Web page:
Bad Religion, 4

This is the next installment in a review of Peter Vardy’s book Good and Bad Religion (London: SCM, 2010).

So, to Aristotle we turn — to the notion of human flourishing, to the alignment with God’s natural law which will enable the same, and to the virtues which characterise this alignment. So far, so Aquinas.

Reason, Vardy believes (again, invoking Kant), has largely shown us just what this human flourishing is. After all, people from diverse religions and cultures — “Florence Nightingale, Mahatma Gandhi, Guru Nanak, Martin Luther King and Nelson Mandela”  — have all discovered “what it is to be a human being at its best” (p.61). We also largely agree on what it means to stunt and oppose human flourishing, an agreement which gives the Nuremberg trials and the international criminal court in The Hague their moral legitimacy.

“Good religion” promotes human flourishing and can be seen “to help people to develop into individuals where compassion, patience, love, pity, the ability to forgive, and absence of anger and humility are all present” (p.68).

Quite what the difference is between “good religion” and secular humanism is not yet clear at this point in Vardy’s book. Next: the danger, according to Vardy, of authority and belonging.

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Bad Religion, 3.

Bad Religion, 2.

Bad Religion, 1.

Comments

  1. The welfare arm of the church makes me proud to be a Mormon. It’s an island of reassurance when I find myself getting heated about church politics, doctrine, or culture. Service projects, moving people, visiting and home teachers, providing communal support through rough times…these are things at which good religions excel.
    Indeed, friendship is one of the grand fundamentals of Mormonism. http://bycommonconsent.com/2007/01/23/friendship-and-mormonism/

    Whether these human-helping deeds are artifacts of being religious continues to be studied. So far, it looks like being social is more influential that belief in a god when it comes to developing the qualities listed above. This is something that is both encouraging and frustrating to non-believers.

    http://www.sciencenews.org/view/generic/id/67194/title/Connected_at_church,_happy_with_life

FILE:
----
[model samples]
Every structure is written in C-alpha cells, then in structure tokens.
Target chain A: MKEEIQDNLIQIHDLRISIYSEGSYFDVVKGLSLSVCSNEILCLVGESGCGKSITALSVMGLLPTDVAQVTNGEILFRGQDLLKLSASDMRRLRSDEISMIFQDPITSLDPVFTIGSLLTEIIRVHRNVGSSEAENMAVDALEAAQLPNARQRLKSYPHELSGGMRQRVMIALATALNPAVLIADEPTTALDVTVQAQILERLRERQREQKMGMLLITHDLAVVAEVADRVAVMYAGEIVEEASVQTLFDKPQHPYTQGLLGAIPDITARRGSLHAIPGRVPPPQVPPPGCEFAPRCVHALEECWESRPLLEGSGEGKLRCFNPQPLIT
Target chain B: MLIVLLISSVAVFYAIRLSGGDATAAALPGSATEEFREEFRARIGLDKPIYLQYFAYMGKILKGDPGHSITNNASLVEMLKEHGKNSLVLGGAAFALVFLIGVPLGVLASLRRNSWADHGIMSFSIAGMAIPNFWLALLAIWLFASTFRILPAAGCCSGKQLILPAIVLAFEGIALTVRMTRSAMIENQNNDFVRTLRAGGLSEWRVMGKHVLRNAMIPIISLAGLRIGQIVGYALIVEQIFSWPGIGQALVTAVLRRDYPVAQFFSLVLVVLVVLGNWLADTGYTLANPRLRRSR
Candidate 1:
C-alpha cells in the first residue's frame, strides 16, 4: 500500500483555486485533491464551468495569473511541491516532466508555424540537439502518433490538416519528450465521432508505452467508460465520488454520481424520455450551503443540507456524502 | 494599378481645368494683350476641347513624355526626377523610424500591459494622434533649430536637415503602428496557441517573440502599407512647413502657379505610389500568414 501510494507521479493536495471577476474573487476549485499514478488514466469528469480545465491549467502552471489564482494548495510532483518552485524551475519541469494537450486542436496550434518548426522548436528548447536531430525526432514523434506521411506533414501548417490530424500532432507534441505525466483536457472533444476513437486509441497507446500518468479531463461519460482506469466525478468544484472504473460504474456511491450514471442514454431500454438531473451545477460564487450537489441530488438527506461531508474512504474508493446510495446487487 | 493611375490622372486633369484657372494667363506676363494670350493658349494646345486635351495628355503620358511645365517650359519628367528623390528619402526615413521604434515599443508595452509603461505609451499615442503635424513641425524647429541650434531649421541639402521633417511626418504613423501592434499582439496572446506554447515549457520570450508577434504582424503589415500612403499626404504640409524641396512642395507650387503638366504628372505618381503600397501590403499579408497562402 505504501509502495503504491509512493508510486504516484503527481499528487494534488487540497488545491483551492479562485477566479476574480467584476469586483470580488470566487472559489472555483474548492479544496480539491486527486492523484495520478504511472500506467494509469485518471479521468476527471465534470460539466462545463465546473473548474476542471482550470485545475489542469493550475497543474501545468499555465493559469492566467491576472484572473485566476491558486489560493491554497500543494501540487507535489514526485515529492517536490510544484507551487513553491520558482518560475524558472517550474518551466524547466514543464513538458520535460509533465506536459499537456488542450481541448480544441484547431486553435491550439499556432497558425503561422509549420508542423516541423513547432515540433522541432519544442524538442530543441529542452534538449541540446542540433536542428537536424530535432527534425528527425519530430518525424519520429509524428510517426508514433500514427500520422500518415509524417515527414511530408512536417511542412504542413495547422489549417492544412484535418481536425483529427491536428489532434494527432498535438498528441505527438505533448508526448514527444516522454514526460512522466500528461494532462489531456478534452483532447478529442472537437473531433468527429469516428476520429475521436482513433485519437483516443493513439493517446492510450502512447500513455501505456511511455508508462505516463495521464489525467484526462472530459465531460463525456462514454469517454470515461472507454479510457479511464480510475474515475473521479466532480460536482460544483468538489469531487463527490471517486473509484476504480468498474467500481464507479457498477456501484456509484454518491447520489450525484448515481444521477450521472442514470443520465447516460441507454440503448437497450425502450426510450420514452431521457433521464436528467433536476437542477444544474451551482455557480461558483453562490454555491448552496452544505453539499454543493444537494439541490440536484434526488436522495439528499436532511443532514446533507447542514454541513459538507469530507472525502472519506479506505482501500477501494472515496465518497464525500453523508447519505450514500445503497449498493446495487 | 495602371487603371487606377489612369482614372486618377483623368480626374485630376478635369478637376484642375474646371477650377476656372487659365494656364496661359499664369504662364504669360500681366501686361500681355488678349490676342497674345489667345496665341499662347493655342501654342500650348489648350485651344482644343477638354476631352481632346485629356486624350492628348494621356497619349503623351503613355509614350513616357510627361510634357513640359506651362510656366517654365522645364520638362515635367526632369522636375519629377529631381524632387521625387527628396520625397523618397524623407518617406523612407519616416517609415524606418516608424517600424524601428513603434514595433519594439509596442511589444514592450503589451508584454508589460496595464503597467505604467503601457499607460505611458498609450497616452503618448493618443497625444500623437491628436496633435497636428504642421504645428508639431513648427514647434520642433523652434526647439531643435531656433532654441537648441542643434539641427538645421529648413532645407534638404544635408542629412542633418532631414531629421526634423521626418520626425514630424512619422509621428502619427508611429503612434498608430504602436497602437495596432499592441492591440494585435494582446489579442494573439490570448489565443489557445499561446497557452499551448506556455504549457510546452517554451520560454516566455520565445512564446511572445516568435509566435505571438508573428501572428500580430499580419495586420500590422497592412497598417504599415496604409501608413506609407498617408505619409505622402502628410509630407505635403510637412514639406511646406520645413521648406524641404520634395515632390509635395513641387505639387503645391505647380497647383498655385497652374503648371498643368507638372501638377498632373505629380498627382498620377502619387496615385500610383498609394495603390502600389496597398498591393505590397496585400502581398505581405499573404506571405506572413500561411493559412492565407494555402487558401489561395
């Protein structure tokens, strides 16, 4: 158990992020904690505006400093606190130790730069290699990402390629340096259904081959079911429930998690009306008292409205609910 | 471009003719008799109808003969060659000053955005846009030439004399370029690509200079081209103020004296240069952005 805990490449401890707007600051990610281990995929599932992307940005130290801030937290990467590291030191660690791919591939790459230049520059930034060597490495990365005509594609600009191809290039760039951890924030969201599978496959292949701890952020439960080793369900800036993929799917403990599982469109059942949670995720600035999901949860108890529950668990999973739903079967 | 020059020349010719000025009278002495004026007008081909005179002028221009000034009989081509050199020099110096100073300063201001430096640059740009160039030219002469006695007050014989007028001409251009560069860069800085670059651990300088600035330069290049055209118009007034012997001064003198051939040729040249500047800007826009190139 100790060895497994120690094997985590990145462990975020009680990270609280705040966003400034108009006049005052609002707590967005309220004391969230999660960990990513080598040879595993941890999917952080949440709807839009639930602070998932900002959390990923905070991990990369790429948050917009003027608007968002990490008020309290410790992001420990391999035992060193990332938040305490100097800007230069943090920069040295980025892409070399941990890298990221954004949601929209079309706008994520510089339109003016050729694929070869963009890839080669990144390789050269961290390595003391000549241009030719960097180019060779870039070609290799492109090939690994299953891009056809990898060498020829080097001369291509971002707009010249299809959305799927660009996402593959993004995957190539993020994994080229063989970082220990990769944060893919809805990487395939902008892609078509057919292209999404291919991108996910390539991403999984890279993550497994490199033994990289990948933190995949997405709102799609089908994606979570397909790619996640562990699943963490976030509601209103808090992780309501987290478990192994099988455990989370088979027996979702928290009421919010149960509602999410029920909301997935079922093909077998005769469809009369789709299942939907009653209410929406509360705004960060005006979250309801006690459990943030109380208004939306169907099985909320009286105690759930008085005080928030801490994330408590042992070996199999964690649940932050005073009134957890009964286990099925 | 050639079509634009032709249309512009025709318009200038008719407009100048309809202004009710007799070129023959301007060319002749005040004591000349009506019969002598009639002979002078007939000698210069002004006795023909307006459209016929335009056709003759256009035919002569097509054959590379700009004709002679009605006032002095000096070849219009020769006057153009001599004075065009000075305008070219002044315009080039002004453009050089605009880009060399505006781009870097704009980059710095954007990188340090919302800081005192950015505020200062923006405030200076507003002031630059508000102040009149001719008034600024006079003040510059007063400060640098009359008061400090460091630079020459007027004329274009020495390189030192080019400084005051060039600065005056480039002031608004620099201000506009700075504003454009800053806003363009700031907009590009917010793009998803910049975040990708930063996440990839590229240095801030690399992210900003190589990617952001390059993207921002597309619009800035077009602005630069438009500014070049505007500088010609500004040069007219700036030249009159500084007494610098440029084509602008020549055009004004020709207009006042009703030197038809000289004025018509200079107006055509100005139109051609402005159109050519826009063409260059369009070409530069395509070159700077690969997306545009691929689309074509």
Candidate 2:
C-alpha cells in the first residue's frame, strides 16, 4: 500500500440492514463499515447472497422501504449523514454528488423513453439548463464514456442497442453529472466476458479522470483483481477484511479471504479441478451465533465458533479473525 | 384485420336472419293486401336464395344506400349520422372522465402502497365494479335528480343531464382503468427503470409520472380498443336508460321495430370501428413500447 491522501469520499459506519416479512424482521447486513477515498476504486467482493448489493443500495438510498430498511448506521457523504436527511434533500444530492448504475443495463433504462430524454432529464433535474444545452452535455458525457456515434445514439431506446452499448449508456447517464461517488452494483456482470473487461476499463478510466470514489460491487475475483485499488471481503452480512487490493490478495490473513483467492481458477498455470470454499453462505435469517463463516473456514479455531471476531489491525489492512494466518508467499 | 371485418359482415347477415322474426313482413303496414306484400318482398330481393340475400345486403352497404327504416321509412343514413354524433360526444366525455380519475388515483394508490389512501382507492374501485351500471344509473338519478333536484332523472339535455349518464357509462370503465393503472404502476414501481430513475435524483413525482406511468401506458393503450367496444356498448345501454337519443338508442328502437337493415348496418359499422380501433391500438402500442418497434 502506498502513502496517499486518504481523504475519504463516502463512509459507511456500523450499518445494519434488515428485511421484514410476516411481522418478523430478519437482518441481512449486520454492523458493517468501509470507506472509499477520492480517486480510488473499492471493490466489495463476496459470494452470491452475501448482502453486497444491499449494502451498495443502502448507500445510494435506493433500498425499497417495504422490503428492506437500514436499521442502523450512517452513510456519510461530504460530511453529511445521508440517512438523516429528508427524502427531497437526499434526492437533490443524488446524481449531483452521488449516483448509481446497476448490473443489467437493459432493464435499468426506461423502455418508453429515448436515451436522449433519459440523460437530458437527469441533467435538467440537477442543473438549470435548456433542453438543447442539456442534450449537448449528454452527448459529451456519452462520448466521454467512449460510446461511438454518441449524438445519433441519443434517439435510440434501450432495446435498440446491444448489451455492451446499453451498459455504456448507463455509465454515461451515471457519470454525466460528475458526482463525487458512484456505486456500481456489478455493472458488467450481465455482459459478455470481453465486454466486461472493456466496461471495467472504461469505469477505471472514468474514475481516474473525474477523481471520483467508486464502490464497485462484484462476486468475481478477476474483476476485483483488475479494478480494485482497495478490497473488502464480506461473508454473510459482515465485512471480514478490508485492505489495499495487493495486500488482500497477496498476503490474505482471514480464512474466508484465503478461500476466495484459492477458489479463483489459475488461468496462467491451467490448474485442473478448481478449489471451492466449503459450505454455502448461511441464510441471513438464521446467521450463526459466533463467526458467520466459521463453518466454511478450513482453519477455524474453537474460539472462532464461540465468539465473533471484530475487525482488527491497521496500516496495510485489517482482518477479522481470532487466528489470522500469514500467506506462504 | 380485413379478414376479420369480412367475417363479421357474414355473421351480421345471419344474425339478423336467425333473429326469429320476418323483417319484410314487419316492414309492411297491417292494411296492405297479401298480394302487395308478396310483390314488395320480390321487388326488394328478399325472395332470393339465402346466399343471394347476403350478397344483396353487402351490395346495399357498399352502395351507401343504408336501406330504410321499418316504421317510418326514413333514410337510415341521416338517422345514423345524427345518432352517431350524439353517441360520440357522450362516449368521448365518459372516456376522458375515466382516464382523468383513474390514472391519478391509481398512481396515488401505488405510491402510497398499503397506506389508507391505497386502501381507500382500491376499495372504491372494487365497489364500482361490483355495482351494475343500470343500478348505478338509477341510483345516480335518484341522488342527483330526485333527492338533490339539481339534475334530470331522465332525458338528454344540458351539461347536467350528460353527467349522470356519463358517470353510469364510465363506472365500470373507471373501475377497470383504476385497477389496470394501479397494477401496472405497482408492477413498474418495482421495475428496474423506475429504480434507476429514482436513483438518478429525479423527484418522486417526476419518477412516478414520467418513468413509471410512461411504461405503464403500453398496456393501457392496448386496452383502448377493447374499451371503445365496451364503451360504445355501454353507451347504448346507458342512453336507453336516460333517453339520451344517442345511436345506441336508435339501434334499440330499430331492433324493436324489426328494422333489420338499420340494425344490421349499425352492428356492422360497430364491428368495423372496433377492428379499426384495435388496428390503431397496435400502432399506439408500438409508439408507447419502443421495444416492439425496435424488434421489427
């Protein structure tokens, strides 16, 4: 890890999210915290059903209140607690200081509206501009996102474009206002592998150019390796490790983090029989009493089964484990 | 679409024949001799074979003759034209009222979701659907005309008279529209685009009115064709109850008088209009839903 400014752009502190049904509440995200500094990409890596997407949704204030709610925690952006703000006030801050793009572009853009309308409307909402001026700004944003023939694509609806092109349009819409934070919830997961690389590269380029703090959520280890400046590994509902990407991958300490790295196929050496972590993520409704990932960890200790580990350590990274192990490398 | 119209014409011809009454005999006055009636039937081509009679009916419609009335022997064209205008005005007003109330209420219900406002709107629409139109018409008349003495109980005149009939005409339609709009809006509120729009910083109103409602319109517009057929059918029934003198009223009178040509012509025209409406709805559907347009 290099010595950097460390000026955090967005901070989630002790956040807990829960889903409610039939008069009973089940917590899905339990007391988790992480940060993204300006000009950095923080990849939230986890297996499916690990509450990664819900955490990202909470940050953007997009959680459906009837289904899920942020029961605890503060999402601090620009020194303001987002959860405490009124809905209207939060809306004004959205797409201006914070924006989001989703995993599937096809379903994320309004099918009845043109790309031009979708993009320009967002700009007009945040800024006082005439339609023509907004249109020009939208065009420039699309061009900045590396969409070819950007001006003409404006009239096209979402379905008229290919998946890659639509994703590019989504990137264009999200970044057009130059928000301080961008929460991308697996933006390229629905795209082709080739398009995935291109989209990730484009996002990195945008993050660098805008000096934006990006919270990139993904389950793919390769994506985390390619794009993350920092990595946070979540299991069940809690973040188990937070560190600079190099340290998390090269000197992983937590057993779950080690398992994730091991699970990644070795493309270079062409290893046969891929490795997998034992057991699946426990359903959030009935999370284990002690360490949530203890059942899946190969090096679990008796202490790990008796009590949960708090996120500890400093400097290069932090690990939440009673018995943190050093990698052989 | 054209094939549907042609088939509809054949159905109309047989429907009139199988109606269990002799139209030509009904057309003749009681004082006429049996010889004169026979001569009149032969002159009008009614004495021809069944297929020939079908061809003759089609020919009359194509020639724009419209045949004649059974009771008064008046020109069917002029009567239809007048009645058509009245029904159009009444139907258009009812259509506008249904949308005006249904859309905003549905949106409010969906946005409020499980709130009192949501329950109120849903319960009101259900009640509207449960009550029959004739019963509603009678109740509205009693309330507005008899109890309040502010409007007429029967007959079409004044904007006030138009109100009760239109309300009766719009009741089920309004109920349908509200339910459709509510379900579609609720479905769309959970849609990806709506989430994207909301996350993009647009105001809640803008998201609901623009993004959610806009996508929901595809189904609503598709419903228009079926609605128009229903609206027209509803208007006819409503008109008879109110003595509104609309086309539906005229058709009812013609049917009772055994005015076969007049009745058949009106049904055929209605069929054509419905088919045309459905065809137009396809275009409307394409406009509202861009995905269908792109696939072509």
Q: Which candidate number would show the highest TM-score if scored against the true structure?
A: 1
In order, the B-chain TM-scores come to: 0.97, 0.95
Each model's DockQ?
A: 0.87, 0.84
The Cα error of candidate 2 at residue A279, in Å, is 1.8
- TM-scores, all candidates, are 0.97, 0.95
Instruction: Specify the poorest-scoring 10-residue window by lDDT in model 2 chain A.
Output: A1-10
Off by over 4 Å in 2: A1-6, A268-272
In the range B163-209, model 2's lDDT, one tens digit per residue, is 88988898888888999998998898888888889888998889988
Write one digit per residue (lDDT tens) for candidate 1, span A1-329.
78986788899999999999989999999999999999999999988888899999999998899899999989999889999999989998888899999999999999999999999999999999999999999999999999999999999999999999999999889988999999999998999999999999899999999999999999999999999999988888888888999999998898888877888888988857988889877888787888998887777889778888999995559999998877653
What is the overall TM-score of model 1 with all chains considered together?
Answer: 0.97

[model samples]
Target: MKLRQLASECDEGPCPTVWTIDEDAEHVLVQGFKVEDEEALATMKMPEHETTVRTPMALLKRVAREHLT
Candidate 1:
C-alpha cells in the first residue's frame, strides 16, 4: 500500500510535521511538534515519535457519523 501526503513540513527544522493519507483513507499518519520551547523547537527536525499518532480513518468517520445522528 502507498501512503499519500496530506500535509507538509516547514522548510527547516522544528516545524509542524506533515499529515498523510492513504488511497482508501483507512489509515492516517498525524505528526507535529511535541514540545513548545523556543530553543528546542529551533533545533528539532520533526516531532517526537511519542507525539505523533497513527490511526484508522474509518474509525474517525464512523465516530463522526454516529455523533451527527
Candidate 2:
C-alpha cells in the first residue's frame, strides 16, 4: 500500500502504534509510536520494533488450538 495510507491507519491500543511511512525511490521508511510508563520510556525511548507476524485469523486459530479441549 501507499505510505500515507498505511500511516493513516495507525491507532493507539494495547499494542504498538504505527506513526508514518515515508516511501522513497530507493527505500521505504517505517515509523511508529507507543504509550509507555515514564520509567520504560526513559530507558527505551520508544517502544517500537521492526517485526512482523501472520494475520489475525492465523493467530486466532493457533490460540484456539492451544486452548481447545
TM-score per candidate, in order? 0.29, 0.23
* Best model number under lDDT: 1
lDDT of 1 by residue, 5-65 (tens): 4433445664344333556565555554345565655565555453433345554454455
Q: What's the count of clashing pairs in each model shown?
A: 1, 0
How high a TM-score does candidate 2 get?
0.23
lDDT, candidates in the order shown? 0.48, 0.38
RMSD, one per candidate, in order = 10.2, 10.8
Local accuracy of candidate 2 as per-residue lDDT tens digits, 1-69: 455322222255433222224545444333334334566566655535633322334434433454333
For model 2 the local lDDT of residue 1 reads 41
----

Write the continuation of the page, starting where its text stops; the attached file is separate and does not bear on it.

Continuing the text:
Taking a god out of the happiness equation is heartening, but they readily concede that religions currently have a corner on the social market. Humanist meet-ups and Skeptics in the Pub don’t compare to visiting teachers and ready-made meals when a family member dies. A great deal of discussion is focused on how to catch up to the centuries-long lead religions have on local groups and important life events.

    Human flourishing is a large tent. It is a place where believers and nons can get their humanism/future-godism on cooperatively. People may have different reasons for similar good actions, but those can be reconciled over time.

  2. Human flourishing must always be weighed against spiritual flourishing. Sometimes it will win, sometimes it will lose. We make any claims about having found “human being at its best” at the risk of disagreeing with any opinion that God may have.

    Thus, the correlation between “good religion” and “human flourishing” will reflect an unseen, immaterial spiritual context. Without divine guidance, we have only a partial understanding on which to make our decisions.

    But, in this situation, we have an advantage over Catholics. They consider Aquinas a Saint and “Doctor of the Church”, while Aristotle was considered a (the?) major influence on St. Aquinas. And since most Catholic’s tend to equate Saints to Prophets, they are at an intellectual disadvantage. We need not mistake our logic for God’s judgment.

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